In My Day
the rambling of Hubert James

In my day it was about this time of year that kids of a certain age got a bit nervous, and maybe they still do, because now was the time to change schools.

Up to then we’d had it easy. The only change of scene was from the Infants up to the Juniors and that didn’t seem so bad because you still had all your mates with you. The only new people you met were the teachers.

In them days you could get to age eleven without having seen another boy or girl from another town. And there was none of this choosing schools until you took the Eleven Plus, and that exam was pretty daunting. Nowadays they’d say you was out of your comfort zone.

And not only would you be meeting a host of strangers but you also have to learn their names and most of the time their nicknames.

You see in my day, we all had nicknames. It was the fashion but it wasn’t name calling. There wasn’t anything vicious meant by it. It wasn’t four eyes, or big nose. You’d probably have a Ginger but even then it was a matter of fact. Course, nowadays none of this would be PC. We didn’t know stuff wasn’t politically correct. PC was always followed by a name- usually Miller and signified someone you should respect for keeping the Law.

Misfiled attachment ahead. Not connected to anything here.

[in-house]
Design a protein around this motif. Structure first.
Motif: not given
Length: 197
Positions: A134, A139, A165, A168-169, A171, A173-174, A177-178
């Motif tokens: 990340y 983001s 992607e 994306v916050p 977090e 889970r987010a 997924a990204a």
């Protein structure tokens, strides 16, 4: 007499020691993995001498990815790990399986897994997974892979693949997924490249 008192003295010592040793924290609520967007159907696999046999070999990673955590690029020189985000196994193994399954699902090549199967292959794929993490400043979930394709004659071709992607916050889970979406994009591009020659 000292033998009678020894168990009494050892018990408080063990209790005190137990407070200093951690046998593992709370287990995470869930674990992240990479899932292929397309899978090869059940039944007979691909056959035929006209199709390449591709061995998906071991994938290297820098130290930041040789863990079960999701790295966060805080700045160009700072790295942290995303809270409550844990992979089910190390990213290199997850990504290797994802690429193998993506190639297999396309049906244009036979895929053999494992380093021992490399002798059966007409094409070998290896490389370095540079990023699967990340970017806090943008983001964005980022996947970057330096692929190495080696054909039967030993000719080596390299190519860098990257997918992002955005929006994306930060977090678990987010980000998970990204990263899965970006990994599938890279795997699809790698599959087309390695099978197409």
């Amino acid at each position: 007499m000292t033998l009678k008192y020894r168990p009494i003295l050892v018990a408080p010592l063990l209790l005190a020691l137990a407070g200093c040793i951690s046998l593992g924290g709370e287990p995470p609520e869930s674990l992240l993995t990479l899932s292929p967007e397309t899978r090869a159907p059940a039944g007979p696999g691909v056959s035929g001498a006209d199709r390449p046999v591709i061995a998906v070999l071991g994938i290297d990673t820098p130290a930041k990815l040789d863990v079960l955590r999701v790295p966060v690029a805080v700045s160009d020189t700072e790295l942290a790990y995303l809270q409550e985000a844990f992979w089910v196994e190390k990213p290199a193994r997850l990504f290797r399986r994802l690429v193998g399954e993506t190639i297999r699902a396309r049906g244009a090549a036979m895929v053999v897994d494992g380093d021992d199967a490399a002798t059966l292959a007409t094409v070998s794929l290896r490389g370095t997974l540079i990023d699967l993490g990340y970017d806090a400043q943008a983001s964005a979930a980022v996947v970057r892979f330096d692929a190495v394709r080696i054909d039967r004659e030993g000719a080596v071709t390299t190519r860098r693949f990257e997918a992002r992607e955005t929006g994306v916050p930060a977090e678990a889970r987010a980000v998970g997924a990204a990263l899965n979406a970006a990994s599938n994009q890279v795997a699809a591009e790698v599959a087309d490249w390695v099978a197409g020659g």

Yes, nicknames were common as shoes amongst the young and might even last a lifetime. Mind you we did have one slightly odd example. There was an old lady called Mrs Catterick who had a little sweet shop near the Rec for a short while. She was a lovely old dear and was like everybody’s favourite Gran. She had a very distinctive squeaky voice. She sounded like she’d got a sore throat all the time. We put it down to too many gobstoppers. All the kids knew her and she knew all of us by our nicknames.

She told us that she had never had a nickname when she was a little girl. She asked us if we could think of something for her. So Jelly Bent, Eggy Edwards and Fag Whatsit put their heads together to find her one. Now then these three were known for practical jokes and so we were afraid they’d come up with something not really suitable. But what they did was they told her that she had to pass an initiation ceremony to become an honorary child. Eggy reckoned the Apaches did some sort of test when a new Brave came along. They told Mrs Catterick that she had to manage five keepy uppeys with a football, hit a wicket with a cricket ball and learn her nine times table. Well the old lady went a long with it and passed with flying colours.

What did we call her? Well if you’re getting on a bit, you’ll have heard of her. She became a Nan Called Hoarse.